LTA won't take action against SMRT for chartered trains

Jeanette Tan
Commuters walk along a passageway at a Circle Line station. (AFP file photo)

[UPDATE on 29 August 2014, 9:00pm: The Land Transport Authority said it is not taking action against SMRT over the chartered trains for the students as the train operator ensured there was no impact on normal operations]

Singapore’s Land Transport Authority said that transport operator SMRT acknowledged that prior approval should have been sought for letting Anglo-Chinese School (Independent) charter trains.

SMRT also explained to LTA why the company went ahead with the charter, the government agency said.

LTA said earlier on Tuesday that it is considering “appropriate action” against SMRT for failing to seek permission from the government before chartering five of its Circle Line trains for students from the school.
ACS (I) had reportedly paid roughly $2 per head for five trains to ferry some 3,000 students and staff from one-north station to Stadium, where they watched their ‘C’ division rugby team play to victory against St Andrew’s Secondary in the school final, the first to be played at the new National Stadium.
A report in The Straits Times previously quoted ACS (I)’s principal, Winston Hodge, as saying that trains were a cost-efficient way of getting his students to the Sports Hub since it would otherwise have taken at least 80 buses to transport them all there. Those, in turn, could cause logistical problems and added stress to roads.
Responding to queries from local newspapers on Tuesday evening, spokespersons for the LTA said SMRT is required to seek its approval for “the provision of train services that are not open to the general commuting public”, but did not do so in this case.
“We are looking into the appropriate action to take,” the spokesperson said on Tuesday. “We have also reminded SMRT that its primary focus must be to ensure good service delivery to the commuting public at large.”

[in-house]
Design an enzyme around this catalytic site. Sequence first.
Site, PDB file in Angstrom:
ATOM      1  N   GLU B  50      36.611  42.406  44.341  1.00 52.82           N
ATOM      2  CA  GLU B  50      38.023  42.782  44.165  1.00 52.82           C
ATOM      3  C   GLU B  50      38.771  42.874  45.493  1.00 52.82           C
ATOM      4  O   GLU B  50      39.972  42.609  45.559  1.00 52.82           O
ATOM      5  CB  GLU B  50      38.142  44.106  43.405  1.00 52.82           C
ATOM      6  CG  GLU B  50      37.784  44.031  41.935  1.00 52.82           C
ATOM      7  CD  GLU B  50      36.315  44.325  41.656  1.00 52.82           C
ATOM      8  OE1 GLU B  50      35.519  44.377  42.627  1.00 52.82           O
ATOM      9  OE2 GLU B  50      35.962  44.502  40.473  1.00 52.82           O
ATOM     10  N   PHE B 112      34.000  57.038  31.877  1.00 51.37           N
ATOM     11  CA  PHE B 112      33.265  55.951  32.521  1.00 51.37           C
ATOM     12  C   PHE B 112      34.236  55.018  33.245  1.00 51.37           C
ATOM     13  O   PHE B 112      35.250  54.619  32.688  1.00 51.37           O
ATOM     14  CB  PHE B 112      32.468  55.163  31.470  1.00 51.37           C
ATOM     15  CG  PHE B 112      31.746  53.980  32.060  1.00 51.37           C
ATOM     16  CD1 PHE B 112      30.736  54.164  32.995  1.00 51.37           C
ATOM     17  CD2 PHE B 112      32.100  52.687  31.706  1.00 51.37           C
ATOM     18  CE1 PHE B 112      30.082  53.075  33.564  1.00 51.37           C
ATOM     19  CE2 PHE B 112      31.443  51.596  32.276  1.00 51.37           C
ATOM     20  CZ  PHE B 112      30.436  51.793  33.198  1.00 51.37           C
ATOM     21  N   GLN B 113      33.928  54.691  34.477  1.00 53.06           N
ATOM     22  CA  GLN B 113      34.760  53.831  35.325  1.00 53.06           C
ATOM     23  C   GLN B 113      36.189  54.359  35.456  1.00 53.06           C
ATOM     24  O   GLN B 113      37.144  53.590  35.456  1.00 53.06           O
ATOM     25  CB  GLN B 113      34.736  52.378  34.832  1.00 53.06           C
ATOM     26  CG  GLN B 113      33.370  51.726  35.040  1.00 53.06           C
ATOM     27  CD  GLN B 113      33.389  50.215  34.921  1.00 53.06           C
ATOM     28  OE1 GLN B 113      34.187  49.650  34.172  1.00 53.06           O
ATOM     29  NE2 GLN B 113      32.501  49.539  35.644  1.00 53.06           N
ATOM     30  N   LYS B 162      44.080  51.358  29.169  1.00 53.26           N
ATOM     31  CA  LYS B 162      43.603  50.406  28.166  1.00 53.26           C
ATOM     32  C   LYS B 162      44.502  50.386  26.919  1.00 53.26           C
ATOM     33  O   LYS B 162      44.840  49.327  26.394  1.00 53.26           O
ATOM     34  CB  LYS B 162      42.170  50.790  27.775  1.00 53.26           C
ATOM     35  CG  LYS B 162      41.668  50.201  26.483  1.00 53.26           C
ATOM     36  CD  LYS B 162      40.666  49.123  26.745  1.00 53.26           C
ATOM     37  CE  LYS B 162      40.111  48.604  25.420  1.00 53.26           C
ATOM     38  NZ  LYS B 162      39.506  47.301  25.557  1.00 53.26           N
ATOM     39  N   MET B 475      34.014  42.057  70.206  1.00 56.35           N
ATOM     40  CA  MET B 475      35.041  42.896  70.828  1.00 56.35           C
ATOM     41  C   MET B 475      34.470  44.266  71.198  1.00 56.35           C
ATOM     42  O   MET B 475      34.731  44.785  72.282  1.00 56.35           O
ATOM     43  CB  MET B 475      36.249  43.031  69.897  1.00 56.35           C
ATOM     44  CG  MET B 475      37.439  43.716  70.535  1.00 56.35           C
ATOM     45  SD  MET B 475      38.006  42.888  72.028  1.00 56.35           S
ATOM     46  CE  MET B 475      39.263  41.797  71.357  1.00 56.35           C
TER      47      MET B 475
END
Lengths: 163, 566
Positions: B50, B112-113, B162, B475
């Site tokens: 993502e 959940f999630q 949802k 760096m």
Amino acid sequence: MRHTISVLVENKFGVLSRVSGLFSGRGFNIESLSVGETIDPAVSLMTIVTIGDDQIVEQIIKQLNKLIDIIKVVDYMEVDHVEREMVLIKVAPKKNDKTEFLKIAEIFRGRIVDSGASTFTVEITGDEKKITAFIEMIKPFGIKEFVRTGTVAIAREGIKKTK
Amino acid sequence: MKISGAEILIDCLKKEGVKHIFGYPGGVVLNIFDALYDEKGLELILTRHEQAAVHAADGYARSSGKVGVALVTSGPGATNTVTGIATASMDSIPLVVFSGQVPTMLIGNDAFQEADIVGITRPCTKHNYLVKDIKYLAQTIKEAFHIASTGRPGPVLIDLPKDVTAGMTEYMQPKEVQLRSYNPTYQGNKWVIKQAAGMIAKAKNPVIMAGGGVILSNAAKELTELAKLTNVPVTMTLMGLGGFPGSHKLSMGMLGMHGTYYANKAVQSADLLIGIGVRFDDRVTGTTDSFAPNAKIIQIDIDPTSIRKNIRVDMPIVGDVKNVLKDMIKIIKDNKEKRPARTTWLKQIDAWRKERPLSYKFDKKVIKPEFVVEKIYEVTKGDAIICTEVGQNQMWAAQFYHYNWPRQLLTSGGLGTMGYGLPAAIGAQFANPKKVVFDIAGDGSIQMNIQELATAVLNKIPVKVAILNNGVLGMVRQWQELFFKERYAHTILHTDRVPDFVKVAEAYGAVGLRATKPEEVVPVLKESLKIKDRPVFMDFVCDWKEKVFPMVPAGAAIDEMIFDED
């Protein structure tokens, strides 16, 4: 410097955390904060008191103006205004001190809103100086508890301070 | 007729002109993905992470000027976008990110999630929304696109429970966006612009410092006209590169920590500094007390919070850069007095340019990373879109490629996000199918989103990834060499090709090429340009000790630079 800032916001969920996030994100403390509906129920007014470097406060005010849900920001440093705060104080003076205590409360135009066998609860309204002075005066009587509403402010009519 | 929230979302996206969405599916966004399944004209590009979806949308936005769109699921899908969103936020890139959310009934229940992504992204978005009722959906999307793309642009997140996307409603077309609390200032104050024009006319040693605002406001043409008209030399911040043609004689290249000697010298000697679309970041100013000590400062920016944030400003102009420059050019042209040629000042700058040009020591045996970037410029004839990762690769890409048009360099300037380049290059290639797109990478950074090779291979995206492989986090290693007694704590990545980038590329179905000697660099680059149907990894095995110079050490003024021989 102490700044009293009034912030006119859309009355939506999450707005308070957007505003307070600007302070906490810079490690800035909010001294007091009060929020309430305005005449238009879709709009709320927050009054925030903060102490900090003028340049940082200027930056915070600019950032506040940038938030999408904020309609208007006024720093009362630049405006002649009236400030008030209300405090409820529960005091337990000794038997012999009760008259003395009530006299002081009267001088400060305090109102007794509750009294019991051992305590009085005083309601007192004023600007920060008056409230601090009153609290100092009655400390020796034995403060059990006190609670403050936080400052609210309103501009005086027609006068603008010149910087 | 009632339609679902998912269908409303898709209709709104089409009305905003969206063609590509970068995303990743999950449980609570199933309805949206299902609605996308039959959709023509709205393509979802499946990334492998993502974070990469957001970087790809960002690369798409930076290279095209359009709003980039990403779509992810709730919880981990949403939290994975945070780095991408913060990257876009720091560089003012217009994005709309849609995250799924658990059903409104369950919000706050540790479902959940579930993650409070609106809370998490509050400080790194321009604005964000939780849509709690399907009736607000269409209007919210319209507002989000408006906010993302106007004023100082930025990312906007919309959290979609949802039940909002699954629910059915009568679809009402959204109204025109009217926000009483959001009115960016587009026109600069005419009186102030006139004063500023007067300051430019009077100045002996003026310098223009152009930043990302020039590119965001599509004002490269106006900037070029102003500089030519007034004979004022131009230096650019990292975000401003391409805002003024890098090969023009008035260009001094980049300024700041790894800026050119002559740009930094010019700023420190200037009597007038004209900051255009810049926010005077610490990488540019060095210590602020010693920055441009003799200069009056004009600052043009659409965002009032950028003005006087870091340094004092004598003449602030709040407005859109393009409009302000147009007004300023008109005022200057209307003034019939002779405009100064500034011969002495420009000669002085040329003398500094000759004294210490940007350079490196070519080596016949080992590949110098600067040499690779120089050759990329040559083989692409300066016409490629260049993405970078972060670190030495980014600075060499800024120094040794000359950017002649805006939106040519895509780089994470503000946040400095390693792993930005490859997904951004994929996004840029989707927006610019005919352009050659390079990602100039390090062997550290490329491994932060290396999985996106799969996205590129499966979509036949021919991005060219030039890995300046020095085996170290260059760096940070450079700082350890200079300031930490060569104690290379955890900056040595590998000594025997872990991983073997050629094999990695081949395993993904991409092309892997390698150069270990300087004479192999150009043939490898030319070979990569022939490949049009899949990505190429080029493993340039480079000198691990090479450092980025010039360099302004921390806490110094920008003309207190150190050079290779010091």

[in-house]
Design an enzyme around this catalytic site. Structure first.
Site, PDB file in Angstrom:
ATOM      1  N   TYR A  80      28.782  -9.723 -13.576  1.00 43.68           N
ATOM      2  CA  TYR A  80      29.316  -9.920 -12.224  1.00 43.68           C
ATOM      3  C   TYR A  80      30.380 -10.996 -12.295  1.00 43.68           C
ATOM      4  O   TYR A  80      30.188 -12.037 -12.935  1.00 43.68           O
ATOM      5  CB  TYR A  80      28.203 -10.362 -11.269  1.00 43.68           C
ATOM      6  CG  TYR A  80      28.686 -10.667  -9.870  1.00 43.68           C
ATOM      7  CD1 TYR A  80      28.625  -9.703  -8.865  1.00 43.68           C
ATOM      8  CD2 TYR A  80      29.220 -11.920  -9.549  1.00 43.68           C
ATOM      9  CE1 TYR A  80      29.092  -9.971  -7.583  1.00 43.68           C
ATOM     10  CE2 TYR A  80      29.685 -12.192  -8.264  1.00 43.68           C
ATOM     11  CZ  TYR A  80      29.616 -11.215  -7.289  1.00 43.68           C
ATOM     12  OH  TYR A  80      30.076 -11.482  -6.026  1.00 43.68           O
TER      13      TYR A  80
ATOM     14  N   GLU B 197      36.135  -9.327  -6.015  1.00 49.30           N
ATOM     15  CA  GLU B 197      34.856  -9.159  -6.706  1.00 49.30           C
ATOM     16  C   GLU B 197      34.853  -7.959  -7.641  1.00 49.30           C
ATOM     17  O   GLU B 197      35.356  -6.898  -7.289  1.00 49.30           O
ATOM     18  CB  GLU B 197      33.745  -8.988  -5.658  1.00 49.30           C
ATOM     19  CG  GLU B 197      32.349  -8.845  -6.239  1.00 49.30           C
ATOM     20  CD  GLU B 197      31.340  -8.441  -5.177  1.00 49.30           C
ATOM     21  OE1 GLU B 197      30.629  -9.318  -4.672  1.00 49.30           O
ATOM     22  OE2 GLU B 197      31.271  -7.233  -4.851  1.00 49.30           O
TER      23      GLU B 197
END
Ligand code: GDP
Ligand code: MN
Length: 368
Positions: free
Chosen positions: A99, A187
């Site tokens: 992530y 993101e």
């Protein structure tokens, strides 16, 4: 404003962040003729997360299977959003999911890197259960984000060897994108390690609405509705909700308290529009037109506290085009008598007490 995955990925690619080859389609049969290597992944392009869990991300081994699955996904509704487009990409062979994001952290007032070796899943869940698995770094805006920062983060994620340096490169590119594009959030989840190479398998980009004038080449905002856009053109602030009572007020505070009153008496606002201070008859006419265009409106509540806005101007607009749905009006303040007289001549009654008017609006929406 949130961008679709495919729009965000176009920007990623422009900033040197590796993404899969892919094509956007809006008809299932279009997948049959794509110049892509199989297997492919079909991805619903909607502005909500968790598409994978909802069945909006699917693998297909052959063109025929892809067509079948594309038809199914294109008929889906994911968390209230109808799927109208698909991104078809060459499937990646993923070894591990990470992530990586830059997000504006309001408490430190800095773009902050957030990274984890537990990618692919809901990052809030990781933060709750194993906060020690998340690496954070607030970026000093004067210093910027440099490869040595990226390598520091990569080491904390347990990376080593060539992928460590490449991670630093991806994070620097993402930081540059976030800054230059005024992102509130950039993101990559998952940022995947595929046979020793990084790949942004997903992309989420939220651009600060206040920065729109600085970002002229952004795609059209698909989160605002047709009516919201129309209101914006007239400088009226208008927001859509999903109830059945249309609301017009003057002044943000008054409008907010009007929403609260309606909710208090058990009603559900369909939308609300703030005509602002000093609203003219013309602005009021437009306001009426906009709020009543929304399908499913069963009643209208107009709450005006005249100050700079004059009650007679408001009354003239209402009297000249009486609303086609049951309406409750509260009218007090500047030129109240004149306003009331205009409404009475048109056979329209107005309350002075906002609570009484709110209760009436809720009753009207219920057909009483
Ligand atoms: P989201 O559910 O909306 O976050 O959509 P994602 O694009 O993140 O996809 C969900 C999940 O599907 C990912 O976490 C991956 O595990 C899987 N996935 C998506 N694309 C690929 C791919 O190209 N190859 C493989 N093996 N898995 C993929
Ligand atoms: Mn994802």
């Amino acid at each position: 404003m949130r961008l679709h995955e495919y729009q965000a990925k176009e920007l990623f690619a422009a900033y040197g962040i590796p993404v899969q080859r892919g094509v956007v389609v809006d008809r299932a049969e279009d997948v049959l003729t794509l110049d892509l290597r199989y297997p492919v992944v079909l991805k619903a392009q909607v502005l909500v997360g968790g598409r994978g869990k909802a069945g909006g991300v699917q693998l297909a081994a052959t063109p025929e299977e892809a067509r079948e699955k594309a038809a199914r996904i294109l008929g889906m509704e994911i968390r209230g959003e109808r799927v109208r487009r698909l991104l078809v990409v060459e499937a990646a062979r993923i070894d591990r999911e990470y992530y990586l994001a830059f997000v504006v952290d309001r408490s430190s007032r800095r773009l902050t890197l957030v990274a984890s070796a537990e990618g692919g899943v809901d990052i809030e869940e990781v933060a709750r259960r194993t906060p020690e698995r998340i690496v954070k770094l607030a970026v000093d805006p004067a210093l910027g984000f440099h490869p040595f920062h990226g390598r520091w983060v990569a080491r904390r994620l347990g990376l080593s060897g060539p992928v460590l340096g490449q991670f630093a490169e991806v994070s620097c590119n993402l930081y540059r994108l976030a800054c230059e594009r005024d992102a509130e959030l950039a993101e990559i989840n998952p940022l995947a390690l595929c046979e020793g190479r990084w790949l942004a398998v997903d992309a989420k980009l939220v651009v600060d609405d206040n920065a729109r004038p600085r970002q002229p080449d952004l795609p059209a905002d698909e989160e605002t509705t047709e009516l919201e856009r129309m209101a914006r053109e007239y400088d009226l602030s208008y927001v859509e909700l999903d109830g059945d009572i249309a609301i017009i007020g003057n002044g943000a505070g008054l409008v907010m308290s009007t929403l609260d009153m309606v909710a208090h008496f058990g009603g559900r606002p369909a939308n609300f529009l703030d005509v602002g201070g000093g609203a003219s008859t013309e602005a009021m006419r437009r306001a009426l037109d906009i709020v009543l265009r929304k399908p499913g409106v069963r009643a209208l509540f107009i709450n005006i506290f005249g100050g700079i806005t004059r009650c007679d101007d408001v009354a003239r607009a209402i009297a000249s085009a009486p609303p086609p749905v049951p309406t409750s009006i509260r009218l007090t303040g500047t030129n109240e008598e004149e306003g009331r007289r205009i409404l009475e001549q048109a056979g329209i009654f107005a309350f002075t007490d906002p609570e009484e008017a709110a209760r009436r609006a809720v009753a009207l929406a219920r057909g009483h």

SMRT said initially that its chartered trains run "strictly within off-peak hours" and also operate between normal train services.
“Train intervals are maintained at normal service levels at all times,” a statement it released on the matter said, while adding that the train operator had previously chartered trains and transported students for large-scale events like National Day Parade rehearsals.
It also said only one-way services were provided to ACS (I) because the return journey would have taken place during peak hours, according to a report in Today.
SMRT's statement, shared with Yahoo Singapore, also added that requests for chartered trains are reviewed on a case-by-case basis, with the schools generally required to be within walking distance to train stations, and their destinations needing to be within walking distance of a station on the same train line.
Pictures of the students on board the Circle Line trains moved quickly around social media, with some users expressing their dismay at the perceived special treatment some schools seem to have, while others praising the idea as being more efficient than chartering near to 100 buses.